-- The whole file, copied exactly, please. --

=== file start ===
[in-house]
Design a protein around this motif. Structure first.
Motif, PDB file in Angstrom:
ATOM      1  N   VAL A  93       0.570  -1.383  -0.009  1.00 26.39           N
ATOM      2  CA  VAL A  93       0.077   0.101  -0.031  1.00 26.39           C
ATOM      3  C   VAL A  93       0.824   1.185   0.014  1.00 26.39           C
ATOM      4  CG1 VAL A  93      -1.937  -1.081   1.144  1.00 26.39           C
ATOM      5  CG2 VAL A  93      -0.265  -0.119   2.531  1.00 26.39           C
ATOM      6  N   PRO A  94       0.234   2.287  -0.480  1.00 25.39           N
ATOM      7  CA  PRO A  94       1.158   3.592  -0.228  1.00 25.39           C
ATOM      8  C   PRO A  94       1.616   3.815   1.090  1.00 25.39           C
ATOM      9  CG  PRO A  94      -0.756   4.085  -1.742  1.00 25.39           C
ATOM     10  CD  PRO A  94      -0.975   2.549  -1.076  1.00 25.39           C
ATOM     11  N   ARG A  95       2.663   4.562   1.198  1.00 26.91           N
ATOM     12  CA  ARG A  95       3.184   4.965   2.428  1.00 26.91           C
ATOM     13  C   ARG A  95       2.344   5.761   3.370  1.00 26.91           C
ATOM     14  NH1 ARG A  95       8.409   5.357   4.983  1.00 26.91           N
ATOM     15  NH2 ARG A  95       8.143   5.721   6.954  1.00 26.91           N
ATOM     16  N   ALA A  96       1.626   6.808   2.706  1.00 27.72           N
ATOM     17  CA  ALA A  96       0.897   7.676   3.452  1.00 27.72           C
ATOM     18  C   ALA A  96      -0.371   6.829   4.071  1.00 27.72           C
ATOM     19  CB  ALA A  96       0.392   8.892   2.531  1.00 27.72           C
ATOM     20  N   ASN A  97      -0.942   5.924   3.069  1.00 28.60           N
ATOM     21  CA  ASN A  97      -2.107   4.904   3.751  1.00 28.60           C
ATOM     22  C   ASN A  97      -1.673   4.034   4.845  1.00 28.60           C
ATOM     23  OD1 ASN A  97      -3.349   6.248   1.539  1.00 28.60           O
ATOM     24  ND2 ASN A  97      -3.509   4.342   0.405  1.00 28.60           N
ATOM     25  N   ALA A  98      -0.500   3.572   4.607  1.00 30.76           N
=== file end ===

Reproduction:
[in-house]
Design a protein around this motif. Structure first.
Motif, PDB file in Angstrom:
ATOM      1  N   VAL A  93       0.570  -1.383  -0.009  1.00 26.39           N
ATOM      2  CA  VAL A  93       0.077   0.101  -0.031  1.00 26.39           C
ATOM      3  C   VAL A  93       0.824   1.185   0.014  1.00 26.39           C
ATOM      4  CG1 VAL A  93      -1.937  -1.081   1.144  1.00 26.39           C
ATOM      5  CG2 VAL A  93      -0.265  -0.119   2.531  1.00 26.39           C
ATOM      6  N   PRO A  94       0.234   2.287  -0.480  1.00 25.39           N
ATOM      7  CA  PRO A  94       1.158   3.592  -0.228  1.00 25.39           C
ATOM      8  C   PRO A  94       1.616   3.815   1.090  1.00 25.39           C
ATOM      9  CG  PRO A  94      -0.756   4.085  -1.742  1.00 25.39           C
ATOM     10  CD  PRO A  94      -0.975   2.549  -1.076  1.00 25.39           C
ATOM     11  N   ARG A  95       2.663   4.562   1.198  1.00 26.91           N
ATOM     12  CA  ARG A  95       3.184   4.965   2.428  1.00 26.91           C
ATOM     13  C   ARG A  95       2.344   5.761   3.370  1.00 26.91           C
ATOM     14  NH1 ARG A  95       8.409   5.357   4.983  1.00 26.91           N
ATOM     15  NH2 ARG A  95       8.143   5.721   6.954  1.00 26.91           N
ATOM     16  N   ALA A  96       1.626   6.808   2.706  1.00 27.72           N
ATOM     17  CA  ALA A  96       0.897   7.676   3.452  1.00 27.72           C
ATOM     18  C   ALA A  96      -0.371   6.829   4.071  1.00 27.72           C
ATOM     19  CB  ALA A  96       0.392   8.892   2.531  1.00 27.72           C
ATOM     20  N   ASN A  97      -0.942   5.924   3.069  1.00 28.60           N
ATOM     21  CA  ASN A  97      -2.107   4.904   3.751  1.00 28.60           C
ATOM     22  C   ASN A  97      -1.673   4.034   4.845  1.00 28.60           C
ATOM     23  OD1 ASN A  97      -3.349   6.248   1.539  1.00 28.60           O
ATOM     24  ND2 ASN A  97      -3.509   4.342   0.405  1.00 28.60           N
ATOM     25  N   ALA A  98      -0.500   3.572   4.607  1.00 30.76           N